Marketing in bad economic times



There is no doubt that our economy has shrunk, however, there seems to be arguments on both sides as to how well our economy is now doing. Marketing and advertising are widely affected by the shrinking or growing of our economy, so I keep up with current news in our economy and with the world economy. Currently, the argument is whether or not the economy is turning around and is on an upswing. Keep in mind that unemployment has risen to 10.2% and may increase again next month. The average consumer spending has risen, but how much of that was demand borrowed forward from the first half of 2010? Is our economy recovering and will it recover to the levels we had in 2006? These questions still have yet to be answered, without a doubt.
What significance does our economy have on marketing and advertising? Well, as most marketing and advertising firms already know, these budgets are the first to be cut and the last to be added. Most companies see advertising as a luxury item instead of a necessity, so they are willing to cut those costs in order to keep other parts of their company operating.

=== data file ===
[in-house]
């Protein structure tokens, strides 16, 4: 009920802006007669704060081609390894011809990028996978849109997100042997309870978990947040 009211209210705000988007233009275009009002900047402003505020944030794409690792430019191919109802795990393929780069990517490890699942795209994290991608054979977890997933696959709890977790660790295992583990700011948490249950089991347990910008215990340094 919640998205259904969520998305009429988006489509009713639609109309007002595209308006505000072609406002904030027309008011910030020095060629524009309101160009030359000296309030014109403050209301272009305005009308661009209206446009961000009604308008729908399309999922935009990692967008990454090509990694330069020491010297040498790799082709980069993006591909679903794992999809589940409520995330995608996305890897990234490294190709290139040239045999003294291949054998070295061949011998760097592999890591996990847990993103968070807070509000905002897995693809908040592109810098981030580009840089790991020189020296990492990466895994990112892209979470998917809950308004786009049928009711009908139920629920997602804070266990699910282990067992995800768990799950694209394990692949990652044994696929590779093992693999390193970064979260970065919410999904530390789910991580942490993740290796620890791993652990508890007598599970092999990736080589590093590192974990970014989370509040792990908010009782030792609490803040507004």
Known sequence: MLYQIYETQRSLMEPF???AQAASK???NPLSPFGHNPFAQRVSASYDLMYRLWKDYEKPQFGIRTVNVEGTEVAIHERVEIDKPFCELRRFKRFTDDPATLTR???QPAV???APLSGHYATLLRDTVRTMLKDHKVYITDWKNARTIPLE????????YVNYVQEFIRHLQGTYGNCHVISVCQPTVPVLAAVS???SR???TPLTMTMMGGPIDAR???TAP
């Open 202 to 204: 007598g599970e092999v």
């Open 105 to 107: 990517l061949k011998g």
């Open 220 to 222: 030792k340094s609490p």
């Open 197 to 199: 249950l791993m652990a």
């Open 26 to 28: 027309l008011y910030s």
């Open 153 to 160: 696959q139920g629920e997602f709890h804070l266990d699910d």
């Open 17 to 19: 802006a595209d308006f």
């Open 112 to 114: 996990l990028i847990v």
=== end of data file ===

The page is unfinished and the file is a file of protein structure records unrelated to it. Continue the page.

It would be wise for companies to keep spending money in advertising and marketing during these times. People buy goods and services based on their ability to recall from their memory the name of a company who sells that particular good or service. In order for a person to recall that company, the consumer has to be exposed to that company repetitively. Many self improvement trainers will teach people to repeat the name of a person repetitively as you speak to that person in order to recall the name from memory at a later date. The same principle applies in advertising. Companies need to present themselves to consumers 9 times to be remembered once. In order for that company name to become part of their vocabulary, they need to have 5 to 7 causes to remember the company. That means you need to have 45 to 63 impressions on a consumer. One of the ways to make these impressions on consumers is advertising.

A company with a healthy advertising budget during bad economic times can make significantly more impressions on consumers than they did before the recession with the same amount of money. Why? The competition is spending less on advertising therefore making less impressions. The bottom line is that when the economy does grow and consumer spending does increase, a smart company will be well ahead of their competitor.

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